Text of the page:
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Notes: Miami commit Brevin Jordan wasn’t always destined to be top tight end

Bishop Gorman senior Brevin Jordan will conclude his prep football career as an Under Armour All-American, a Miami commit and the top-ranked tight end recruit in the country.

And to think he didn’t want to play the position.

Jordan arrived at Gorman in 2014, hoping to play wide receiver. But the coaching staff converted him to tight end, where he blossomed into a high-school Rob Gronkowski — big, fast and full of personality — and leads his team with 743 receiving yards this season.

“You’ve got a guy who is a route-runner, weighs 250 pounds and can stay in and block,” Gaels coach Kenny Sanchez said. “You see the Gronks in the NFL, they’re just tough to deal with. And he’s the same way.”

Thanks to an undying passion, and a veracious desire to improve.

Jordan’s father, Darrell, was drafted by the Atlanta Falcons in the ninth round of the in the 1990 NFL Draft, and inspired him to start playing tackle football when he was 5 years old, competing in the 8-year-old age division.

“I knew at a young age that I wanted to go to the NFL,” the younger Jordan said. “I want to live my dream of playing football through my dad.”

He played running back as a youth and shared the backfield with Gaels quarterback and UCLA recruit Dorian Thompson-Robinson, who said Jordan was always an imposing player with whom he formed “a one-two punch.”

But Jordan was tired of the punishment that accompanies the tailback position and wanted to try his hand at receiver, much to the chagrin of a coaching staff that recognized his potential as a tight end.

“At first he was like ‘No, I’m not a lineman,’” said his mother, Beverly. “Just being a competitor, he trusted the process.”

Jordan worked with Gorman’s strength coaches and beefed up under their tutelage. He cracked the varsity lineup as a sophomore and grew into a top target for former Gaels quarterback Tate Martell.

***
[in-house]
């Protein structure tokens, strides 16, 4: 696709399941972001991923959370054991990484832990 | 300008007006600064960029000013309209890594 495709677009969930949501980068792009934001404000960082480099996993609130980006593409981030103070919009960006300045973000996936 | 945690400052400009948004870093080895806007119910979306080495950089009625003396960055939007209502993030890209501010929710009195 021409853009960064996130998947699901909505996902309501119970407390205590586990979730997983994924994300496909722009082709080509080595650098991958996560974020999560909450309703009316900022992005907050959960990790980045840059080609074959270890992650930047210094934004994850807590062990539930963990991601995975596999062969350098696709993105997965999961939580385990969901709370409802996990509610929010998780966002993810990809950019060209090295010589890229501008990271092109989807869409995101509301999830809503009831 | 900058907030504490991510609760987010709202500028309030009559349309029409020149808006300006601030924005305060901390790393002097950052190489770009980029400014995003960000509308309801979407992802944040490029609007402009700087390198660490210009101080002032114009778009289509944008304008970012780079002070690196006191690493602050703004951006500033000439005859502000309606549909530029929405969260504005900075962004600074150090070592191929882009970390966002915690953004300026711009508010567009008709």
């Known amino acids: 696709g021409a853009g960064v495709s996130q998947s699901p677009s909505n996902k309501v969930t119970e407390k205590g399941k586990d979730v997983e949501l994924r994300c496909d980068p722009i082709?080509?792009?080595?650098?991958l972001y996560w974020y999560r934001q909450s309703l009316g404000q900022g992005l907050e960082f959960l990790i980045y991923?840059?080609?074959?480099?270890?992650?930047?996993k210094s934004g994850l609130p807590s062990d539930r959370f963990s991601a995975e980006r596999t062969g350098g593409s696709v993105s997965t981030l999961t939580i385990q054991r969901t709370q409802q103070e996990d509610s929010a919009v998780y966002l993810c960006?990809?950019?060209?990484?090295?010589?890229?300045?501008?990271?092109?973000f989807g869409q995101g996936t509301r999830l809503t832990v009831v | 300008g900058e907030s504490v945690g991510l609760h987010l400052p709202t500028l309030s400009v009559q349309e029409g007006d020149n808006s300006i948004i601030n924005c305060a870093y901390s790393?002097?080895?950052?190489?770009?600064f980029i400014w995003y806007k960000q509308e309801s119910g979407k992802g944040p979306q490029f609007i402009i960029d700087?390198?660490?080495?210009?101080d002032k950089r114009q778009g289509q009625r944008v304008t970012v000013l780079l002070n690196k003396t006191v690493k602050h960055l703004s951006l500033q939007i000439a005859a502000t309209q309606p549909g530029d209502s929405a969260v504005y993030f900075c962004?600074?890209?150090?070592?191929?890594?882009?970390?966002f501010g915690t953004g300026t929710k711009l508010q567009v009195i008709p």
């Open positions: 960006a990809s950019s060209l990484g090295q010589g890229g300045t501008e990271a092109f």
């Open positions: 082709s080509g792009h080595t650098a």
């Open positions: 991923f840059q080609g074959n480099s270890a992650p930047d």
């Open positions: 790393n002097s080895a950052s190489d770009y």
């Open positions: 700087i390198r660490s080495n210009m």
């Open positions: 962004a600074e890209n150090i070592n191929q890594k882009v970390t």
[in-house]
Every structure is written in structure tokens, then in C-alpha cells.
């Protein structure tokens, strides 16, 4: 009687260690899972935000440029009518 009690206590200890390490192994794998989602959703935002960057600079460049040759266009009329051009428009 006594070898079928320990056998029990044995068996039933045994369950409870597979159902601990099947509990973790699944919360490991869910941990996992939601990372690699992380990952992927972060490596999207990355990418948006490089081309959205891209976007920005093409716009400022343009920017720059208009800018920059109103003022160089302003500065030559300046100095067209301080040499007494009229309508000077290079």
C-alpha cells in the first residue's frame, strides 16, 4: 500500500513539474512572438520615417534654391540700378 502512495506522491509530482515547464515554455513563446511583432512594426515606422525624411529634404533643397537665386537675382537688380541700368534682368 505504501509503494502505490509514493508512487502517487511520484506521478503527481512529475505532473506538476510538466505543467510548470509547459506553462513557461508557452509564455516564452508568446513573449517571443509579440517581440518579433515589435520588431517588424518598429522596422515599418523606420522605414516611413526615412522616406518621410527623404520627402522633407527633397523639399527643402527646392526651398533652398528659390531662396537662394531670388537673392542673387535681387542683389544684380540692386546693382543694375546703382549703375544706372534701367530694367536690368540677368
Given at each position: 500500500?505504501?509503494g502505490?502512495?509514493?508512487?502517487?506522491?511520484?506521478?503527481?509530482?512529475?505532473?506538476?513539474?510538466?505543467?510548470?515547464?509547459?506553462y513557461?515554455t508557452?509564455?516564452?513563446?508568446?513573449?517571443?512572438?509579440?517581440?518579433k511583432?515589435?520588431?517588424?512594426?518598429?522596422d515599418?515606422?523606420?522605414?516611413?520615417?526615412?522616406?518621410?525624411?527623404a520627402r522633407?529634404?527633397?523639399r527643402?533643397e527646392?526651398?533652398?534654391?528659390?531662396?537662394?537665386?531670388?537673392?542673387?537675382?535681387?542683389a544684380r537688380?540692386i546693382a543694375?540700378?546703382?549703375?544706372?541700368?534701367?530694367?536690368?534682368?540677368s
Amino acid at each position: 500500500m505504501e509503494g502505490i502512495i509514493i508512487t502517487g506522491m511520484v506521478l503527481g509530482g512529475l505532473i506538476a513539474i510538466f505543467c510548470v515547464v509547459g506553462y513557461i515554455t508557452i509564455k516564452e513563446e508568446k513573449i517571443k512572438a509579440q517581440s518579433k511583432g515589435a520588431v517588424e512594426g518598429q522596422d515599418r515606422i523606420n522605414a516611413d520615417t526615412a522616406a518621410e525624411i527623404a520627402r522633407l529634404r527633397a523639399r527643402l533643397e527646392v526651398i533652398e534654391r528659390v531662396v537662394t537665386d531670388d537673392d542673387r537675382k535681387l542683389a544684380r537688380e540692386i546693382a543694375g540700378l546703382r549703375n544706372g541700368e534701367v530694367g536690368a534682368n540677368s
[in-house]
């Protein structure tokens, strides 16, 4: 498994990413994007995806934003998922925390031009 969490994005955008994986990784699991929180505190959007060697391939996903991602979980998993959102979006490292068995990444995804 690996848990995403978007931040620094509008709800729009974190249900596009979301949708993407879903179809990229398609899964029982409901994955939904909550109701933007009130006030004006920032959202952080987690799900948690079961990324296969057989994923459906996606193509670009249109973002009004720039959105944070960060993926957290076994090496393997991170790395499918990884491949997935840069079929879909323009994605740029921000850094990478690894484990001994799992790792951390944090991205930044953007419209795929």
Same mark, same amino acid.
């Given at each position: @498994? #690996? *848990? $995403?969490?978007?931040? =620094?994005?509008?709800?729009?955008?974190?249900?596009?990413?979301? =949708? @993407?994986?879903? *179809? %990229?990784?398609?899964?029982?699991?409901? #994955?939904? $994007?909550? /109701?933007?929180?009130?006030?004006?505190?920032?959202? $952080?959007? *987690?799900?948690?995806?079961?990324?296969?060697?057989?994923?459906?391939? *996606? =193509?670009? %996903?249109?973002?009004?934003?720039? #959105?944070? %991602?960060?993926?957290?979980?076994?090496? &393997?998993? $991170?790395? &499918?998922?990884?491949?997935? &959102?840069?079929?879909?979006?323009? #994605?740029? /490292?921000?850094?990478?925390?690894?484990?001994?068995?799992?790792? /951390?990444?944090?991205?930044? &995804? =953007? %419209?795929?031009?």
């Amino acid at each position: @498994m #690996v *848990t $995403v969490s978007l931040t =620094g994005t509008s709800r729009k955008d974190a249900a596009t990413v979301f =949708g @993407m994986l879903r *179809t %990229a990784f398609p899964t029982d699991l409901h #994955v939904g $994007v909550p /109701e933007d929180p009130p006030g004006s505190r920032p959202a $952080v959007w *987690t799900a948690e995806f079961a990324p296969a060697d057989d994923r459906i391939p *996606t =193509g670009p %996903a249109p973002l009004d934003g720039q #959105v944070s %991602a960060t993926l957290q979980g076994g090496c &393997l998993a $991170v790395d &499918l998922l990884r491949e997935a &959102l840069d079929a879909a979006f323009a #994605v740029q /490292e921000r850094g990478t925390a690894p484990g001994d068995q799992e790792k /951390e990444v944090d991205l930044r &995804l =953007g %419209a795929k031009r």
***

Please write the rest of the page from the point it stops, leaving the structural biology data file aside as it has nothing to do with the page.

Colorado offered Jordan a scholarship during his sophomore year, and seemingly all the preeminent college football programs followed suit.

But he settled in April on Miami, which he affectionately refers to as “Tight-End U” — a nod to the Hurricanes football alums who turned into Pro Bowl tight ends, like Jeremy Shockey, Kellen Winslow Jr., Greg Olsen and Jimmy Graham.

“It was the obvious decision,” Beverly Jordan said. “It just clicked.”

So, yeah, that tight end thing worked out pretty well.

Jordan now stands at 6-foot-3 and checks in around 250 pounds. He overwhelms opposing defensive backs with his size and strength, and is fleet-footed enough to outrun linebackers.

He’s one of Gorman’s captains, too, and he galvanizes the Gaels with both his gregarious demeanor and his touchdown receptions.

“You really can’t (cover him),” Thompson-Robinson said. “He’s big, he’s strong, he’s physical. He’s also fast. He’s everything you look for in a tight end. … If I know I need somebody to go to, it’s always going to be him.”

Clark tops Gorman in preseason tourney

Junior wing Jalen Hill made a layup as time expired to lift Clark’s boys basketball team to a 50-48 victory over defending Class 4A state champion Bishop Gorman in the preseason Halloween Hoops tournament championship game at Coronado on Sunday.

The Gaels came from behind to beat the Chargers in the 2017 Class 4A state championship game. They’re scheduled to meet twice during the 2017-18 regular season.

Sunrise Mountain defender nearing record

Sunrise Mountain pass-rush specialist Dalwin Spates has 20.5 sacks through nine games this season. He needs one sack to eclipse the Class 3A single-season record of 21, set by Josh Paulman of Fernley in 1995.

Contact reporter Sam Gordon at sgordon@reviewjournal.com. Follow @BySamGordon on Twitter.

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